As she looks back on her flamboyant family, with its many eccentric characters, she realises that there were many nonconformists throughout her childhood, but that she either wasn’t aware of it at the time, or else they didn’t opt for open rebellion. Her own parents were very much engaged politically, and through their own gradual process of disillusionment with their country’s politics, we as readers realise just how simplistic our Western assumptions about Iran are. In retrospect, after the long years of harsh fundamentalist rule of the Ayatollahs, it is tempting to see the Shah’s regime as secular and liberal, but this book makes clear that it was not as kind or munificent as we are led to believe. In fact, Kimia’s parents initially welcomed the Ayatollahs, until they realised that one form of dictatorship had replaced another.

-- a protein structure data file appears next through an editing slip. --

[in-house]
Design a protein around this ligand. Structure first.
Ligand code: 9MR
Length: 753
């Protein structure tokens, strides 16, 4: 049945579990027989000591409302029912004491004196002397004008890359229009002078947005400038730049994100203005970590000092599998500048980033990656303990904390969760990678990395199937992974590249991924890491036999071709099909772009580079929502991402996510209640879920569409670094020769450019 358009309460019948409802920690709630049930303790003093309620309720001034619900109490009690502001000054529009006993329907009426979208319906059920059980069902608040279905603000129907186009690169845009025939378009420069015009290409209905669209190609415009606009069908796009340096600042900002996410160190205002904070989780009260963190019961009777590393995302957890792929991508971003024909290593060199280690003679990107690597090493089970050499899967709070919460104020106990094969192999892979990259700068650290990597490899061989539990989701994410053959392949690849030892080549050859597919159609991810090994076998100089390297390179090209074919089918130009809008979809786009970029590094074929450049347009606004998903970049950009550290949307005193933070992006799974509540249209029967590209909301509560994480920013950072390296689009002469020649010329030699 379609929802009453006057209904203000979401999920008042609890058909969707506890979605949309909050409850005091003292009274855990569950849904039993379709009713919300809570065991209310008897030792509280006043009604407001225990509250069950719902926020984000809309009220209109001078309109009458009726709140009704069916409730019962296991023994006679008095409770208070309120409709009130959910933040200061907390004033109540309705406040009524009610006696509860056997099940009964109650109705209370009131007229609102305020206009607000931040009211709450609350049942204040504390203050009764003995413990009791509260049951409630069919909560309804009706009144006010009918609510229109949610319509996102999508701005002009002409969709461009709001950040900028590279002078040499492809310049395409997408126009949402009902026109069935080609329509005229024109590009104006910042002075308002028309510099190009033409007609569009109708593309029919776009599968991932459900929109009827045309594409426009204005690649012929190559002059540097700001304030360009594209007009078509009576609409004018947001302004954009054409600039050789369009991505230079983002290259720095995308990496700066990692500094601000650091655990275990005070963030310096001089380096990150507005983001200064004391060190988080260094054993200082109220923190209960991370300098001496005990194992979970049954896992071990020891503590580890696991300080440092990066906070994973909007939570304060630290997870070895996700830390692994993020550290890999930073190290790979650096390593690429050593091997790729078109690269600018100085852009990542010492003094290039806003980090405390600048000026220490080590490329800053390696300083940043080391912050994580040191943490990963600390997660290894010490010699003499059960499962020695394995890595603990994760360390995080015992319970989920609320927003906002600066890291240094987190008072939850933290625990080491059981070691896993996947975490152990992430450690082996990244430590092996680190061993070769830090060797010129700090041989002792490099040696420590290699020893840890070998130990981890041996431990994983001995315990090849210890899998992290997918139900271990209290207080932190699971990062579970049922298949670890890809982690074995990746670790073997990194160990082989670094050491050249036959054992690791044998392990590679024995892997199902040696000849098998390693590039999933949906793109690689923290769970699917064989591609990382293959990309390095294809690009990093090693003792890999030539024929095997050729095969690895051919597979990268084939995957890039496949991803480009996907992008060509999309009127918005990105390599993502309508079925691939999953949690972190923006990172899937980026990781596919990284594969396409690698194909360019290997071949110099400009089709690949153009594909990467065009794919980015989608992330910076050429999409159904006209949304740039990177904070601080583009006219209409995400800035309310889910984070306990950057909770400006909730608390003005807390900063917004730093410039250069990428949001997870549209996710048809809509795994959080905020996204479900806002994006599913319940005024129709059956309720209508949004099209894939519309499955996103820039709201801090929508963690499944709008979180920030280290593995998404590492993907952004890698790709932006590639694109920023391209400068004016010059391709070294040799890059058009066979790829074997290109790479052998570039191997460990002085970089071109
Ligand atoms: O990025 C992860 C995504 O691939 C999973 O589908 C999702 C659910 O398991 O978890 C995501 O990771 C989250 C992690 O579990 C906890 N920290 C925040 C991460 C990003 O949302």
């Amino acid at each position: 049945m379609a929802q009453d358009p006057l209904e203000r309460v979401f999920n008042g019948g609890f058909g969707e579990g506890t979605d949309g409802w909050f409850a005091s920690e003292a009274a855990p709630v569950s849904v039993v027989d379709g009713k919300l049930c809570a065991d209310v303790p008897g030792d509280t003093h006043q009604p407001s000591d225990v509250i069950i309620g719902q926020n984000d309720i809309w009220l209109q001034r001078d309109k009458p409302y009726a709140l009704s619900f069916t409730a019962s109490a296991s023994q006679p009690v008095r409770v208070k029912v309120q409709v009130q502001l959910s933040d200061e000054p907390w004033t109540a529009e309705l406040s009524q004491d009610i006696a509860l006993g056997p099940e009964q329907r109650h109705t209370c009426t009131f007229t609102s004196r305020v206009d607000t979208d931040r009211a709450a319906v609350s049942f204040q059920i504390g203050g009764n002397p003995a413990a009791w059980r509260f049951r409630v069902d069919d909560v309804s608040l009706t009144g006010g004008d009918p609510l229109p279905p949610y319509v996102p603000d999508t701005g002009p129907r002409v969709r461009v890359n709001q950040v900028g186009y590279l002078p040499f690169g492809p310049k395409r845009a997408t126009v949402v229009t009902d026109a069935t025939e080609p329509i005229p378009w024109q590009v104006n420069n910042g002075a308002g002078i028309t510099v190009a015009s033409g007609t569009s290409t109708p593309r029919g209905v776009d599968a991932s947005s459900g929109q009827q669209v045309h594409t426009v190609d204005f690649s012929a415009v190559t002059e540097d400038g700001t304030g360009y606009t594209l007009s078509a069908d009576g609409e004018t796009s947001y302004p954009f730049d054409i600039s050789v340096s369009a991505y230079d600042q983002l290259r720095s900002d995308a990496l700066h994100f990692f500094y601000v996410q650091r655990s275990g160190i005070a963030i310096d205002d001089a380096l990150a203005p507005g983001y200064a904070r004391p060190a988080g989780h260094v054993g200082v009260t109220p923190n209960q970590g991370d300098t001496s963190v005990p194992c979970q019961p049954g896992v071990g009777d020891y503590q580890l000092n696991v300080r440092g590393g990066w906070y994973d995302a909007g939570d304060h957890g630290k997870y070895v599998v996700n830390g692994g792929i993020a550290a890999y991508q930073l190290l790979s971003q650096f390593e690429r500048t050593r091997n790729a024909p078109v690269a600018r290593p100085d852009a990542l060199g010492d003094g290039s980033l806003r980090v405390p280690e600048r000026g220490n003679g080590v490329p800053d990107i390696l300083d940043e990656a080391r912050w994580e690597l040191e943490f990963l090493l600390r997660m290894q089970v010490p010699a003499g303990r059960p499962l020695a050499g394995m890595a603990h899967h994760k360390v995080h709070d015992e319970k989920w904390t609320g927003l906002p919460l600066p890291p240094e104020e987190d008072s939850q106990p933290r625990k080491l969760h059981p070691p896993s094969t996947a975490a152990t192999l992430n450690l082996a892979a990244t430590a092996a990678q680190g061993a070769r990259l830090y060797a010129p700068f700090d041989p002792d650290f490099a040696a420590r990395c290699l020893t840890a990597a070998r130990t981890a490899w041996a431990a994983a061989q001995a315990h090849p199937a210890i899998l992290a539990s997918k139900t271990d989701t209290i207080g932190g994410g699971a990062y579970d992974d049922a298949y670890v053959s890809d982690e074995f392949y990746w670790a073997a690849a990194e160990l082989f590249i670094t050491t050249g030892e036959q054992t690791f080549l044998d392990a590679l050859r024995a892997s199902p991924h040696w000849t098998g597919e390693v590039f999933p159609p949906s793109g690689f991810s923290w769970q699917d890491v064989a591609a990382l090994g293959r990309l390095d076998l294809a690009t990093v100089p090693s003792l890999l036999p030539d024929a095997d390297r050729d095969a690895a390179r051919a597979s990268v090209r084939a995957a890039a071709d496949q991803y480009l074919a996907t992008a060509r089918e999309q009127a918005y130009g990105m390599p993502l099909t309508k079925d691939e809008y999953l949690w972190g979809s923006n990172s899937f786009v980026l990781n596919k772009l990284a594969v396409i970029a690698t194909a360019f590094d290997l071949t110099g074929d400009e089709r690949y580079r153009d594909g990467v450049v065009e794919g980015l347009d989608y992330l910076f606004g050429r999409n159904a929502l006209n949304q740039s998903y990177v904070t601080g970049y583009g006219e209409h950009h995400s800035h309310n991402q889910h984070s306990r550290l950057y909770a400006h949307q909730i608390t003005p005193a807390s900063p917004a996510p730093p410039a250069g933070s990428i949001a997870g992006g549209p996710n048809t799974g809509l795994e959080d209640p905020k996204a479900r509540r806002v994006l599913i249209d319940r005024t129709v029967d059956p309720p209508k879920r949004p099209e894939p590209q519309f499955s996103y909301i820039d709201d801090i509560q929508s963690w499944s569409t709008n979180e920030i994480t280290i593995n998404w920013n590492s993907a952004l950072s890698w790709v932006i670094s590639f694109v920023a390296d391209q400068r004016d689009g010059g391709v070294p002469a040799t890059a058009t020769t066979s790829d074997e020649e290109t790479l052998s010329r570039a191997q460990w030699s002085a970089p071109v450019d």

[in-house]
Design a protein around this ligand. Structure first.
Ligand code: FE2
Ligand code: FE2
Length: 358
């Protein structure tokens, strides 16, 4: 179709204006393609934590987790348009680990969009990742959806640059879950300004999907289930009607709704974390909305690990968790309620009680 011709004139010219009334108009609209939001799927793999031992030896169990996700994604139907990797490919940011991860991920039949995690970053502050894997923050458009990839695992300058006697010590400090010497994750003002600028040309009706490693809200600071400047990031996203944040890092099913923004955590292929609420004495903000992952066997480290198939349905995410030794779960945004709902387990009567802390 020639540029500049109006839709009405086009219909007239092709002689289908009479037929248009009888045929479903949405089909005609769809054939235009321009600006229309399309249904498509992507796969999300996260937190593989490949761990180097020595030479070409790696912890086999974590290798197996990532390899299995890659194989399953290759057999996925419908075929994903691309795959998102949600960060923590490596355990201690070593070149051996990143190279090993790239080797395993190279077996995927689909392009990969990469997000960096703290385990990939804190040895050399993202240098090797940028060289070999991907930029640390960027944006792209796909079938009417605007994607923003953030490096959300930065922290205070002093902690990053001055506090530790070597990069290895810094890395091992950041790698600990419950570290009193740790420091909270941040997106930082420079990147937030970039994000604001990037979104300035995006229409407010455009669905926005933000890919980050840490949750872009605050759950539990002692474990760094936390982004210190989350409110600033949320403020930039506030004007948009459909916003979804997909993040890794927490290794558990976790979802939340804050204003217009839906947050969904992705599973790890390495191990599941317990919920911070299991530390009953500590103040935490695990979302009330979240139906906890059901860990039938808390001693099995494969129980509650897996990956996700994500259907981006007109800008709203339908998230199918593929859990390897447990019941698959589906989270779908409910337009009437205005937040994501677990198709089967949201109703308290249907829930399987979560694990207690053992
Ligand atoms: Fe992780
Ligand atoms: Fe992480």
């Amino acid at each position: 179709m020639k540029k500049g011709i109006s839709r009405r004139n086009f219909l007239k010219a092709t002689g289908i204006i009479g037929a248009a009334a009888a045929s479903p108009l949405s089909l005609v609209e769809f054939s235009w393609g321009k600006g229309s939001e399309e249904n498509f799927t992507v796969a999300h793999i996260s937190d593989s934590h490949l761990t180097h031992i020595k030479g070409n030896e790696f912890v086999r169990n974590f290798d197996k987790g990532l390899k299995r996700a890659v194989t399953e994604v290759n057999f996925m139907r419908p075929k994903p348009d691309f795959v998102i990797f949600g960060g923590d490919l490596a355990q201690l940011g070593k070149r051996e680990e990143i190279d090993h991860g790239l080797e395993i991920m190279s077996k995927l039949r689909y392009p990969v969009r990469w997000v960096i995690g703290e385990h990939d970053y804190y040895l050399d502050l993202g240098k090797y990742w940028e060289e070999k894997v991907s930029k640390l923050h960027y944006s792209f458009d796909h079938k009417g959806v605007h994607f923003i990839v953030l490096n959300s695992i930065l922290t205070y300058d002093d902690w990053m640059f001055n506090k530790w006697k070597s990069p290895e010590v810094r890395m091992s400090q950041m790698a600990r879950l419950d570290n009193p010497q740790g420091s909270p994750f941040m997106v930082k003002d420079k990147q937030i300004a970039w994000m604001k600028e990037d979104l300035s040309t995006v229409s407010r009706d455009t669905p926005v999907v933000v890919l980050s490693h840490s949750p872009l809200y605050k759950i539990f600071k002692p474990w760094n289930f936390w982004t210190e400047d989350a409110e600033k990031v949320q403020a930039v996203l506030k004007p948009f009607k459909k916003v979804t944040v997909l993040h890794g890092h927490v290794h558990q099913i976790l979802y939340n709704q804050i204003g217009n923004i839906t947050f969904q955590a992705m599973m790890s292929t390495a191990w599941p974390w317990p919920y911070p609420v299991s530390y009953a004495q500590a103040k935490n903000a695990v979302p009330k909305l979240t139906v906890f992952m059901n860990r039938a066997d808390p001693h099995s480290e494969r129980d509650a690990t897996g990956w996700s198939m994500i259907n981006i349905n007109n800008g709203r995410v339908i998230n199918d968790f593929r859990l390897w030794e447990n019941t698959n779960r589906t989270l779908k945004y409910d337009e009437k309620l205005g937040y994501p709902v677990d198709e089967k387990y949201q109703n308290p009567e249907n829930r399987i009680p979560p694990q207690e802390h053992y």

There are many other stories in the book, however, not just the parents’ story: a formidable grandfather with a harem of 52 wives, Uncles Number 1, 2 and 3 and their various degrees of interference in family life, blue-eyed grandmother Nour and her line of blue-eyed descendants and so much more. Kimia is so determined to create a life in France on her own terms, that she had previously dismissed her links to the family’s past, to all the lost sheep and homosexual uncles, resilient women and acts of rebellion with much more serious, even fatal consequences. As she muses on what she already knew and what she discovers about her family, she reaches that necessary distance to be able to reconcile with her parents and her past, and both her countries.